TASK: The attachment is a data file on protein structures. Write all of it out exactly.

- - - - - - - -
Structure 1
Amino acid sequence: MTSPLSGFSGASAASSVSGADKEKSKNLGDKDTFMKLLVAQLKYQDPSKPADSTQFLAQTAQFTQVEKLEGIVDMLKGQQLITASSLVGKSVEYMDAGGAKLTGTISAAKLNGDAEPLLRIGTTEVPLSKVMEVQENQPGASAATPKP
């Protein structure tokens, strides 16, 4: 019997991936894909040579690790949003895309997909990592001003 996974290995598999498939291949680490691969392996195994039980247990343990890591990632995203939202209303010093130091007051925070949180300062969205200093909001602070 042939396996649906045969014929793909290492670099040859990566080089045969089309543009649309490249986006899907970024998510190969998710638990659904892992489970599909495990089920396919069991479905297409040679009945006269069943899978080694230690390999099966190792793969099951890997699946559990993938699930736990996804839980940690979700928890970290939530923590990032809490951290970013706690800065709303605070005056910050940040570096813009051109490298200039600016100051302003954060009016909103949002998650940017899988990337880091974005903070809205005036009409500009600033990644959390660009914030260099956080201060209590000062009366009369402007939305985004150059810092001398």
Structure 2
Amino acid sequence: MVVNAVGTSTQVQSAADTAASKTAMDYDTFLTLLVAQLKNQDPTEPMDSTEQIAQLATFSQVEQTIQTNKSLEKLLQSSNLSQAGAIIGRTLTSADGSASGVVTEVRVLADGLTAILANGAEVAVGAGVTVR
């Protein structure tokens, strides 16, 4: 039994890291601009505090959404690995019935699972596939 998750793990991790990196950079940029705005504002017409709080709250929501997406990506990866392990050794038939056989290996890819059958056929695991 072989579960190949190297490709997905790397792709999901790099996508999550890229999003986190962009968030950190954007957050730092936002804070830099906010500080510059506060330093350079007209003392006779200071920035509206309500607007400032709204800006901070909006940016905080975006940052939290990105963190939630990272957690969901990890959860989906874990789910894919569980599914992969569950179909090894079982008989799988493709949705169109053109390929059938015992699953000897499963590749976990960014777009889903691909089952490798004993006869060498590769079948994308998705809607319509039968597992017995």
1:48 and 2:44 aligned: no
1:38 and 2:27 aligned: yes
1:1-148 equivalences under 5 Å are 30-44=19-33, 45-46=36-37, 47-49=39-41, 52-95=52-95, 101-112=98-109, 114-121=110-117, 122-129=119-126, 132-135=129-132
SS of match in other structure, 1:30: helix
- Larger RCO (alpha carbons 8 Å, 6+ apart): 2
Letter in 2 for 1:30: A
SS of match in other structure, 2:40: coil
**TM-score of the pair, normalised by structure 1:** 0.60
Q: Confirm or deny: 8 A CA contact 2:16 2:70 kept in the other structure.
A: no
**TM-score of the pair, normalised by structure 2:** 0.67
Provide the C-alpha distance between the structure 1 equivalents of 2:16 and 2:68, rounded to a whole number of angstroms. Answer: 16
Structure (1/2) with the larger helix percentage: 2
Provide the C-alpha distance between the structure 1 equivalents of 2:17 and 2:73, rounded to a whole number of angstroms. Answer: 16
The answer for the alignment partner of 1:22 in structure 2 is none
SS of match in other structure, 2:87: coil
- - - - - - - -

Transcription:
Structure 1
Amino acid sequence: MTSPLSGFSGASAASSVSGADKEKSKNLGDKDTFMKLLVAQLKYQDPSKPADSTQFLAQTAQFTQVEKLEGIVDMLKGQQLITASSLVGKSVEYMDAGGAKLTGTISAAKLNGDAEPLLRIGTTEVPLSKVMEVQENQPGASAATPKP
């Protein structure tokens, strides 16, 4: 019997991936894909040579690790949003895309997909990592001003 996974290995598999498939291949680490691969392996195994039980247990343990890591990632995203939202209303010093130091007051925070949180300062969205200093909001602070 042939396996649906045969014929793909290492670099040859990566080089045969089309543009649309490249986006899907970024998510190969998710638990659904892992489970599909495990089920396919069991479905297409040679009945006269069943899978080694230690390999099966190792793969099951890997699946559990993938699930736990996804839980940690979700928890970290939530923590990032809490951290970013706690800065709303605070005056910050940040570096813009051109490298200039600016100051302003954060009016909103949002998650940017899988990337880091974005903070809205005036009409500009600033990644959390660009914030260099956080201060209590000062009366009369402007939305985004150059810092001398």
Structure 2
Amino acid sequence: MVVNAVGTSTQVQSAADTAASKTAMDYDTFLTLLVAQLKNQDPTEPMDSTEQIAQLATFSQVEQTIQTNKSLEKLLQSSNLSQAGAIIGRTLTSADGSASGVVTEVRVLADGLTAILANGAEVAVGAGVTVR
């Protein structure tokens, strides 16, 4: 039994890291601009505090959404690995019935699972596939 998750793990991790990196950079940029705005504002017409709080709250929501997406990506990866392990050794038939056989290996890819059958056929695991 072989579960190949190297490709997905790397792709999901790099996508999550890229999003986190962009968030950190954007957050730092936002804070830099906010500080510059506060330093350079007209003392006779200071920035509206309500607007400032709204800006901070909006940016905080975006940052939290990105963190939630990272957690969901990890959860989906874990789910894919569980599914992969569950179909090894079982008989799988493709949705169109053109390929059938015992699953000897499963590749976990960014777009889903691909089952490798004993006869060498590769079948994308998705809607319509039968597992017995």
1:48 and 2:44 aligned: no
1:38 and 2:27 aligned: yes
1:1-148 equivalences under 5 Å are 30-44=19-33, 45-46=36-37, 47-49=39-41, 52-95=52-95, 101-112=98-109, 114-121=110-117, 122-129=119-126, 132-135=129-132
SS of match in other structure, 1:30: helix
- Larger RCO (alpha carbons 8 Å, 6+ apart): 2
Letter in 2 for 1:30: A
SS of match in other structure, 2:40: coil
**TM-score of the pair, normalised by structure 1:** 0.60
Q: Confirm or deny: 8 A CA contact 2:16 2:70 kept in the other structure.
A: no
**TM-score of the pair, normalised by structure 2:** 0.67
Provide the C-alpha distance between the structure 1 equivalents of 2:16 and 2:68, rounded to a whole number of angstroms. Answer: 16
Structure (1/2) with the larger helix percentage: 2
Provide the C-alpha distance between the structure 1 equivalents of 2:17 and 2:73, rounded to a whole number of angstroms. Answer: 16
The answer for the alignment partner of 1:22 in structure 2 is none
SS of match in other structure, 2:87: coil